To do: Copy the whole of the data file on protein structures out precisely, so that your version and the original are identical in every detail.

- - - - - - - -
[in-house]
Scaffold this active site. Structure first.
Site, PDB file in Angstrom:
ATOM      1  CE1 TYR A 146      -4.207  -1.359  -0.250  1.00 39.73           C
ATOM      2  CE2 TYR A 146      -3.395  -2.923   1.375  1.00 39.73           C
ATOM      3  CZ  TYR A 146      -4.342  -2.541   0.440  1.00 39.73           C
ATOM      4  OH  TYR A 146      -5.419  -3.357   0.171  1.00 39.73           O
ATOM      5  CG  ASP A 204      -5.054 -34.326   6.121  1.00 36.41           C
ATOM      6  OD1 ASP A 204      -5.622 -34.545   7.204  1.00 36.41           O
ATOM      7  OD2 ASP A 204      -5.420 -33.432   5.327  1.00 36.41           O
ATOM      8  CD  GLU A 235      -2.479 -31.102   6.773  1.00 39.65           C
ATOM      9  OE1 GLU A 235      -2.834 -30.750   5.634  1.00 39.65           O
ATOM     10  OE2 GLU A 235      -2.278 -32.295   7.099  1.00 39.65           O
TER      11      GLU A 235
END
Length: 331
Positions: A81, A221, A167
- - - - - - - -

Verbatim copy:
[in-house]
Scaffold this active site. Structure first.
Site, PDB file in Angstrom:
ATOM      1  CE1 TYR A 146      -4.207  -1.359  -0.250  1.00 39.73           C
ATOM      2  CE2 TYR A 146      -3.395  -2.923   1.375  1.00 39.73           C
ATOM      3  CZ  TYR A 146      -4.342  -2.541   0.440  1.00 39.73           C
ATOM      4  OH  TYR A 146      -5.419  -3.357   0.171  1.00 39.73           O
ATOM      5  CG  ASP A 204      -5.054 -34.326   6.121  1.00 36.41           C
ATOM      6  OD1 ASP A 204      -5.622 -34.545   7.204  1.00 36.41           O
ATOM      7  OD2 ASP A 204      -5.420 -33.432   5.327  1.00 36.41           O
ATOM      8  CD  GLU A 235      -2.479 -31.102   6.773  1.00 39.65           C
ATOM      9  OE1 GLU A 235      -2.834 -30.750   5.634  1.00 39.65           O
ATOM     10  OE2 GLU A 235      -2.278 -32.295   7.099  1.00 39.65           O
TER      11      GLU A 235
END
Length: 331
Positions: A81, A221, A167